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ABC's Quantico puts NYC on the receiving end of more terrorist devastation


Cast of Quantico is headed by Priyanka Chopra (forefront). ABC photo

Premiering: Sunday, Sept. 27th at 9 p.m. (central) on ABC
Starring: Priyanka Chopra, Aunjanue Ellis, Jake McLaughlin, Josh Hopkins, Yasmine Al Massri, Johanna Braddy, Tate Ellington, Graham Rogers
Produced by: Josh Safran, Mark Gordon, Nick Pepper

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What the real-life world really doesn’t need right now is another devastating terrorist attack on New York City or grossly incompetent screening of would-be FBI agents at the Quantico Academy.

You’ll get both in ABC’s Quantico, a flash back and forward whodunit starring the beauteous Priyanka Chopra as a recruit who’s later suspected of being behind the bombing of NYC’s Grand Central Terminal. What a not so great way to unwind in Sunday’s final prime-time hour before another work week beckons.

Chopra is Alex Parrish, who early in Sunday’s opener has strictly noncommittal sex in a car with a guy who turns out to be a fellow FBI recruit. They’re among the latest new batch of trainees at a place that prides itself on its attention to detail but can’t seem to get anybody’s background straight, including Alex’s. ABC and the show’s producers have seen to it that her standard issue grey training top is unbuttoned a button lower than any other woman’s. The better to see one of her primary assets.

Running the place is hard-nosed Miranda Shaw (Aunjanue Ellis), whose initial speech to the recruits renders her a “sexless, heartless, pontificating robot” in the view of snippy Shelby Wyatt (Johanna Braddy).

“Worked for Hillary,” cracks another trainee. Boom!

Sunday’s premiere episode toggles between the immediate aftermath of the NYC bombing and the gathering of new recruits nine months earlier. One of them apparently is a terrorist. And the pre-arrival activities of Nimah Anwar (Yasmine Al Massri) in a gas station restroom sure do look suspicious. This probably means she’s not the one, even if something even more suspicious later occurs within Academy walls.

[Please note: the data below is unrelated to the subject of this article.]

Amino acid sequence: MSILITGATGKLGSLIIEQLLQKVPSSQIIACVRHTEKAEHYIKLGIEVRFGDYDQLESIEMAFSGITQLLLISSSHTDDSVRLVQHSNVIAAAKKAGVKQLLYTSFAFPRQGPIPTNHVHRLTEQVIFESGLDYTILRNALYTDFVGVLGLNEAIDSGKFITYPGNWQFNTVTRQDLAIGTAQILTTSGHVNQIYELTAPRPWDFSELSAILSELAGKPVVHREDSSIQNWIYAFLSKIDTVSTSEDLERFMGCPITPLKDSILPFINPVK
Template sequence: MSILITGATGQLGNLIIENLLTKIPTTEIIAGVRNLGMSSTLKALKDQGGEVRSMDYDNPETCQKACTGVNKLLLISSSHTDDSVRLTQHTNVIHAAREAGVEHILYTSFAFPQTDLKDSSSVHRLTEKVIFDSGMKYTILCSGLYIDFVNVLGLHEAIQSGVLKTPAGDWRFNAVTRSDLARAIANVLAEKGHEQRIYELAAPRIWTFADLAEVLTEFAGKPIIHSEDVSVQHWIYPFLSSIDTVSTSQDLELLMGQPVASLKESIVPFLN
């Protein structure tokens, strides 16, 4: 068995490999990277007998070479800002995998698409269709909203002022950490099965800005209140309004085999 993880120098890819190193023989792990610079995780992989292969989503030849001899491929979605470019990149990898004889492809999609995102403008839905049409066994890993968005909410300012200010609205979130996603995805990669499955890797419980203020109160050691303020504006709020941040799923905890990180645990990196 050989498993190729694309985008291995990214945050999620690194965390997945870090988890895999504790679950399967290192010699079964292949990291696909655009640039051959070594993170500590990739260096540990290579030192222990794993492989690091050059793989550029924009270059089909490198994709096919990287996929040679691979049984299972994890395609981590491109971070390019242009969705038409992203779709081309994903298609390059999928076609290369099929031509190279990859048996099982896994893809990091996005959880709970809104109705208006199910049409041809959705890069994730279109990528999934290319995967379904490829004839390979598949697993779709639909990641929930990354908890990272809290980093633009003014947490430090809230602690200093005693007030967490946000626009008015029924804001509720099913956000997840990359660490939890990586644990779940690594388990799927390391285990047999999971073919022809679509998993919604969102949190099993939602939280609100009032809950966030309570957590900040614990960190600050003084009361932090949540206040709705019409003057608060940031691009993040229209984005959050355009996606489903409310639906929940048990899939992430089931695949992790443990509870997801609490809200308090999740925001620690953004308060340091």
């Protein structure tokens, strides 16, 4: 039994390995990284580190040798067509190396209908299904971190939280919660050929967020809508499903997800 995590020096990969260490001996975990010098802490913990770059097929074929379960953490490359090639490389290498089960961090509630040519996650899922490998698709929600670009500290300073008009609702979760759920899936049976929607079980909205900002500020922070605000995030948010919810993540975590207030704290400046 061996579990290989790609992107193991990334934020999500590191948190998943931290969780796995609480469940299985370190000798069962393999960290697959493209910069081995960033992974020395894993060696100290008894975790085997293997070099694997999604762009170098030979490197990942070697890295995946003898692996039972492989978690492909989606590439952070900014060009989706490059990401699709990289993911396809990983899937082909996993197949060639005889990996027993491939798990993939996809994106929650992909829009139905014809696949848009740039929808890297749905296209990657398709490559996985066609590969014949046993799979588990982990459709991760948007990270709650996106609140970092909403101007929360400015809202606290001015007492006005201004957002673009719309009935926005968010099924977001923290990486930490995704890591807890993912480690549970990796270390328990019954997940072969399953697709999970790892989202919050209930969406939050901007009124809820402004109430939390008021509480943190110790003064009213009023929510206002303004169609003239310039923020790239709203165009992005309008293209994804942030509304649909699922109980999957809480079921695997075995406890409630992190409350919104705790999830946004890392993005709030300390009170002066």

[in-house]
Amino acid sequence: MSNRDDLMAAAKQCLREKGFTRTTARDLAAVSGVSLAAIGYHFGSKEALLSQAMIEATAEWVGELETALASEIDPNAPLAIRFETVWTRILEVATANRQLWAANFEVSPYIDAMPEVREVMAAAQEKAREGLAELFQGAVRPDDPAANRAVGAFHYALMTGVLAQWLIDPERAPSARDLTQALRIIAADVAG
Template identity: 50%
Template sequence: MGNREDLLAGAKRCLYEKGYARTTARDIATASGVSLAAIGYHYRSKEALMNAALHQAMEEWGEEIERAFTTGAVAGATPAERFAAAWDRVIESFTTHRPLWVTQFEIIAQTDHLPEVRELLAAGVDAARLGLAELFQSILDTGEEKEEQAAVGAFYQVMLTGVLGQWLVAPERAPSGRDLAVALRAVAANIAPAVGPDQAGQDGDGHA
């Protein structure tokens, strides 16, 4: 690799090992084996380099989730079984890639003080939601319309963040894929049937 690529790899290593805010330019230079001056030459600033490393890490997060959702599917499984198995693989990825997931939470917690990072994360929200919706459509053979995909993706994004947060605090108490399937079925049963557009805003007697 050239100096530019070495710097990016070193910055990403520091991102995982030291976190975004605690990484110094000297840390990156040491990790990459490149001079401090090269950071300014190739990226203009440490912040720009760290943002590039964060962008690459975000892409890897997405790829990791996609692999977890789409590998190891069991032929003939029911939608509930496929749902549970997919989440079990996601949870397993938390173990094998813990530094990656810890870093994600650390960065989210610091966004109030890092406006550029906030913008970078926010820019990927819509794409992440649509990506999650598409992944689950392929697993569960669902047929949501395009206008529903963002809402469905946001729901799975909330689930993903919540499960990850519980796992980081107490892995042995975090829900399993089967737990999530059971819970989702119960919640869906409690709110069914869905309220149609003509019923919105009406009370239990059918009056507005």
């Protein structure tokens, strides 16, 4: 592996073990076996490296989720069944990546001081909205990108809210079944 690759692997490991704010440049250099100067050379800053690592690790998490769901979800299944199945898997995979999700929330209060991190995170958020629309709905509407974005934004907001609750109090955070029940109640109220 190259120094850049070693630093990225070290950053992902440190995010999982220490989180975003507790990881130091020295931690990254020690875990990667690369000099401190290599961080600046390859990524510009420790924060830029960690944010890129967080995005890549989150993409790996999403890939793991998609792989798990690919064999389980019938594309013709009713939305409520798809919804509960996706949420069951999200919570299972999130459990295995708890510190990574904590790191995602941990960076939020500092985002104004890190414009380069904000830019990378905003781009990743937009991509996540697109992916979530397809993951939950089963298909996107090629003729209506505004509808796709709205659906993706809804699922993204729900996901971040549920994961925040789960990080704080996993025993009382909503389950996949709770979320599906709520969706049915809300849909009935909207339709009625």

The recruits also include openly gay and sensitive Simon Asher (Tate Ellington), hunky Ryan Booth (Jake McLaughlin) and jerky Caleb Haas (Graham Rogers), who’s poised to reveal a deep secret about Mormon elder Eric (Brian J. Smith) during an exercise in which recruits are required to pair up and investigate each other’s pasts.

Dougray Scott also can be seen in the first episode as FBI special agent and Quantico instructor Liam O’Connor. But in subsequent episodes he’ll be replaced by actor Josh Smith.

Quantico moves along briskly without nailing down an overall believability. A bigger overriding question is whether enough viewers will want to subject themselves to the whys and wherefores of a current-day terrorist strike on the homeland that initially leaves Alex dusty and dazed amid the rubble. Things haven’t gotten any better for her by the end of the opening episode. Nor has the overall credulity of a series that eventually finds its designated heroine dazed and confused in a different way.

At the summer Television Critics Association “press tour,” co-executive producer Mark Gordon (who also orchestrates Showtime’s Homeland) fell back on an oft-used industry term to defend some of Quantico’s rather far-fetched storytelling.

“I think the great thing about most entertainment, whether it’s film or television, is that it’s ‘heightened reality,’ “ Gordon said. He then quoted a deceased writing teacher who “had this great, great quote (of) which I remind people I’m working with all the time. Which is ‘Real life is no excuse for bad drama.’ “

So swallow Quantico whole if you’d like. From this perspective, though, there’s just won’t be enough of an appetite.


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